- Drop shadows on everything – AlienSkin software introduced a simple plugin to add drop shadows to objects and type in Photoshop decades ago. While I love their software, I hate the way so many n00b designers abuse them. If you manage to limit yourself to using only one drop shadow on the cover of your next brochure design, for the love of God, please make sure it’s not on a white background.
- Filter-flurry – Photoshop filters are cool, I love-em dearly. I have dozens of effects filters, hundreds of PS Styles, and a boat-load of PS Actions installed – and still only manage to use them once in a blue-moon (which I actually have an Action file to create, by the way).
- 800×600 website design – Uh, I know you’re 800-year-old instructor in design school told you it was the “standard,” but he’s an ignorant buffoon who hasn’t worked in the business in decades. 800×600 web design was the standard when most people had a 13-15 inch CRT monitor caving-in their desktop. Today, 20-inch LCD screens are the norm, so a 960 to 1100 pixel design width is easily handled by everyone in business, right down to your granny’s crappy little $300 Dell.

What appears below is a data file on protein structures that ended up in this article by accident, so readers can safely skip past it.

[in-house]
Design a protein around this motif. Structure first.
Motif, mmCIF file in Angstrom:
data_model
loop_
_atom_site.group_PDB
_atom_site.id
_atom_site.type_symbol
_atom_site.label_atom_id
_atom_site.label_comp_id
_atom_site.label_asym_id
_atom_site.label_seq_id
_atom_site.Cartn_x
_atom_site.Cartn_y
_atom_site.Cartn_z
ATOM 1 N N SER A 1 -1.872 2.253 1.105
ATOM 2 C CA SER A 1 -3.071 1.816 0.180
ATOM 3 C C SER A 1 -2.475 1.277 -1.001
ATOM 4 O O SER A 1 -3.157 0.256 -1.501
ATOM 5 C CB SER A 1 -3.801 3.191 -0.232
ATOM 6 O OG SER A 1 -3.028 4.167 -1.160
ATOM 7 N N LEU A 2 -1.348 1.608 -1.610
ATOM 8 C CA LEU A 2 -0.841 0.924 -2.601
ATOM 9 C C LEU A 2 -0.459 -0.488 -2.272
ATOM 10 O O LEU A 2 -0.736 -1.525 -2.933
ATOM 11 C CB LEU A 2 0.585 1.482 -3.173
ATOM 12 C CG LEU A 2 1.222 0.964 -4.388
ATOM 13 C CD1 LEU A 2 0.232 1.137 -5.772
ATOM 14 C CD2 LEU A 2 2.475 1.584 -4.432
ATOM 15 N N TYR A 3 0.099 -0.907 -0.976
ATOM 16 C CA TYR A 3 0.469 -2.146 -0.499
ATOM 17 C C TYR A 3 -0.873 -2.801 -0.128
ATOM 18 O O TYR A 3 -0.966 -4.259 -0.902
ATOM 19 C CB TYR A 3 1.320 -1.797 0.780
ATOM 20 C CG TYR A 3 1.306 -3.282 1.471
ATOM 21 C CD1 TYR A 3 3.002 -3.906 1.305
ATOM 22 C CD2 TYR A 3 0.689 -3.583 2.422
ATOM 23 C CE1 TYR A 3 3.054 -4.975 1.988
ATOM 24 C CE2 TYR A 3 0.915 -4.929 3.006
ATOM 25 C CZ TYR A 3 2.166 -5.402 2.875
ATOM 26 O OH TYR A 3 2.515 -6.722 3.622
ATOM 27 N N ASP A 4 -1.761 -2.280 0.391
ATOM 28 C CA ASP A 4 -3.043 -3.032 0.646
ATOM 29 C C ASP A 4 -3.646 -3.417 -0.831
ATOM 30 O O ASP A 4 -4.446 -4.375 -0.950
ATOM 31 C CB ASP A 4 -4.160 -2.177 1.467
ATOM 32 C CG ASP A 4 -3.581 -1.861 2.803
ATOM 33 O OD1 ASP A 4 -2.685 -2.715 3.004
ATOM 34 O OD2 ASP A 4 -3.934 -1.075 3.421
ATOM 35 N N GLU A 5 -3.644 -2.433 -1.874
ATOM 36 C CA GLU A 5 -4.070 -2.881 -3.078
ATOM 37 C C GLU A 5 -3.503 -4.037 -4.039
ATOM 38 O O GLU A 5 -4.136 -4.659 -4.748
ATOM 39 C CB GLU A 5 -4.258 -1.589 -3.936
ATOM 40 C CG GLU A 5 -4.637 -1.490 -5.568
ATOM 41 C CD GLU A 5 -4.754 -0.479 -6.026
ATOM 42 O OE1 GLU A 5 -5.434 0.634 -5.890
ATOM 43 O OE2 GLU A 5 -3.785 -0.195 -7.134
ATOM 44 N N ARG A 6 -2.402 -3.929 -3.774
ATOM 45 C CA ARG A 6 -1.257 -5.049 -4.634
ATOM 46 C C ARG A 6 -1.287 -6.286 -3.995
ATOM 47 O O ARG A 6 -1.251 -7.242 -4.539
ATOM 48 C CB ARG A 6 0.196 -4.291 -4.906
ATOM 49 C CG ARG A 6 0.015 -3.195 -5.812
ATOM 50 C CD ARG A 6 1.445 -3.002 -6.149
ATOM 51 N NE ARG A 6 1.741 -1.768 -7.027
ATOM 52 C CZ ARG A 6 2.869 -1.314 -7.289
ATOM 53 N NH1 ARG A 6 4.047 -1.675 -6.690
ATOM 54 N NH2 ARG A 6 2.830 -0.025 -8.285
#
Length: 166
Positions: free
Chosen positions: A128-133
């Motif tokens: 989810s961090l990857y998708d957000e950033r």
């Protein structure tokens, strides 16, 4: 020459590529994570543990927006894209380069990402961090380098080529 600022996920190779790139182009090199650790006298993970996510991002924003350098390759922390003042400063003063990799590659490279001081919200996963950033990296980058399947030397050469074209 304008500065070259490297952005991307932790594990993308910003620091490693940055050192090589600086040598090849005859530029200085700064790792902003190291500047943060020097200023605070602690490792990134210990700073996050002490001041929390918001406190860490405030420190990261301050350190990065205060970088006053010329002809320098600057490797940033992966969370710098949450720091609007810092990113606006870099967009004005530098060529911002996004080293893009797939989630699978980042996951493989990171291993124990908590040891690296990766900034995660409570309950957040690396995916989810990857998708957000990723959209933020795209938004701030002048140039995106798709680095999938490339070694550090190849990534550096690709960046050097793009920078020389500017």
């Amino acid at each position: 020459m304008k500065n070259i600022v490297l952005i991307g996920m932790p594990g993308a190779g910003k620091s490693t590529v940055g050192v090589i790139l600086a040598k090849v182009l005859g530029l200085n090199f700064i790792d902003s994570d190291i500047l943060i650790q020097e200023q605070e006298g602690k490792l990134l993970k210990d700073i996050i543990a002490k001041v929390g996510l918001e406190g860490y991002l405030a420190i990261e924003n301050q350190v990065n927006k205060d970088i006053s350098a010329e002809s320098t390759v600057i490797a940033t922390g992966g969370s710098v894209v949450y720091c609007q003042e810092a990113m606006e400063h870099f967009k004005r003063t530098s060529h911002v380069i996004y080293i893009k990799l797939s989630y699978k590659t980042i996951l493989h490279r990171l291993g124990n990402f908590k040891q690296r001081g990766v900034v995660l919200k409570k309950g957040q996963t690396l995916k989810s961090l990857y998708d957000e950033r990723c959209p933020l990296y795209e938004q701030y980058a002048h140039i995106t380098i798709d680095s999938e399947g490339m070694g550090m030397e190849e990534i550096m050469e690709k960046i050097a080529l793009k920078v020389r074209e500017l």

- Grey text – So you agree that 6pt type is too small, but you somehow come to the conclusion that 12pt condensed type set in 20% black is the way to go? Gimme a friggin break. Do you WANT people to read it or NOT? At least go with a 40-60% black for crying out loud.
- Not giving the viewer what’s expected – Ok, this is a really fine line. But learn to accept the fact that if you’re selling wood deck stain or sealer, rain drops on a blue background isn’t going to frigging cut it. You’re most likely going to have to put a photo of a impossibly beautiful wood deck in a lush green backyard in the ad. Oh, and make sure you sprinkle the deck down with water first.
Those are just a few things that will surely tick me off, and most likely your viewers as well. Did I miss anything?